Facebook Ad Metrics That Matter

Facebook Ads Manager can be a clunky and overwhelming place. If you are unfamiliar with the Facebook Ad metrics that matter, it’s easy to get distracted by vanity metrics. Better yet, if you head for Google in search of explanations, you may find yourself going down a rabbit hold that’s hard to get out of. 

As an agency, we’ve spent years learning what goes into successful campaigns. Through trial and error we’ve been able to determine which metrics affect which KPIs, and how we can better leverage them to improve results for our clients. Let’s look at exactly which Facebook Ad Metrics matter, what they mean, and how to use them to reach your goals.


Definition: When 1 ad is shown.

Calculation: Facebook counts this number for you

The reason you want to pay attention to impressions is to gauge whether or not a particular audience segment has had enough significant data come through to make a justified buying decision. In other words, you can’t make a good optimization decision from a couple hundred impressions. 



Definition: The average number of times an ad is shown to the same person in the chosen time period.

Calculation: Facebook counts this number for you

Frequency is actually one of the most important Facebook Ad metrics to pay attention to. An audience’s frequency determines how the budget should be optimized. If you have a high frequency, that means your ads are being shown to the same person many times, which is wasting money. If you have a low frequency, that means a single person is not seeing your ads very often, which could be leaving money on the table if you’re seeing a good ROI. Check out our complete guide to Frequency to learn more.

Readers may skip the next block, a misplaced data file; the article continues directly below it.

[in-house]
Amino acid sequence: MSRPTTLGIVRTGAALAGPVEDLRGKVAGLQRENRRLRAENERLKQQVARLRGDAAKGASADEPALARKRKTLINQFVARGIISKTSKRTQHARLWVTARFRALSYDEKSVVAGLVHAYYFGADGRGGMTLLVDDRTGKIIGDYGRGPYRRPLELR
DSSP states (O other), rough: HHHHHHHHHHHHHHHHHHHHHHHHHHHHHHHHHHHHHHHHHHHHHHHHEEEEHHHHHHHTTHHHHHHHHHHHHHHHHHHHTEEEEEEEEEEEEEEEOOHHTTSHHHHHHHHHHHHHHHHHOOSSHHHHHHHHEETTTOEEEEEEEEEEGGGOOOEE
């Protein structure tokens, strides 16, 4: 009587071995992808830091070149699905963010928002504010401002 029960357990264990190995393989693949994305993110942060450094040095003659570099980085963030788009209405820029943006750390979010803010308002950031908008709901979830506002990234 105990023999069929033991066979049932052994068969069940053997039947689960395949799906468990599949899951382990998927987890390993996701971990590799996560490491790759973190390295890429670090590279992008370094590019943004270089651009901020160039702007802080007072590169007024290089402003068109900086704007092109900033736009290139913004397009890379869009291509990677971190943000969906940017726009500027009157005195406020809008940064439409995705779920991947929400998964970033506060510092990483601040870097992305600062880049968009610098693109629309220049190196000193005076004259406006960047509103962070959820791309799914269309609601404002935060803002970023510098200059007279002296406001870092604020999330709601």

Definition: The number of people who have seen at least one of your ads.

Calculation: Facebook counts this number for you

The main difference between Reach and Impressions is how how Facebook counts each one. For example, if one person views an ad 3 times, Facebook would count 3 Impressions and a Reach of 1. If 2 people were served 3 ads each, Facebook would count 6 Impressions and a reach of 2. From a client perspective, Reach is a more valuable metric to report on than Impressions because the business would want to reach as many new individuals as possible, rather than knowing how many times their ads were displayed across Facebook as a whole.


Website Purchase Return on Ad Spend (ROAS)

Definition: The direct return on investment based on the determined attribution window.

Calculation: Website purchase conversion value / Amount spent

If your Facebook campaign (and business in general) is ecommerce focused, ROAS is the most important metric to pay attention to. In order to optimize your campaigns for ROAS, you’ll need to make a Conversion campaign with a goal of Purchases (based on your pixel). Facebook also recently added the ability to optimize to value, which they are slowly rolling out to a small number of accounts if you should be so lucky.


Cost Per Click (CPC)

Definition: The average cost of one click.

Calculation: Amount spent / Link clicks

Cost per click is pretty straightforward. At Strategy Labs we always aim for a CPC below $1.00. In most cases, your CPC needs to be well below $1.00 unless your audience is highly qualified. This is a good metric to pay attention to when conversions aren’t the most important performance indicator (ex. local saturation campaigns). CPC is also affected by Relevancy Score.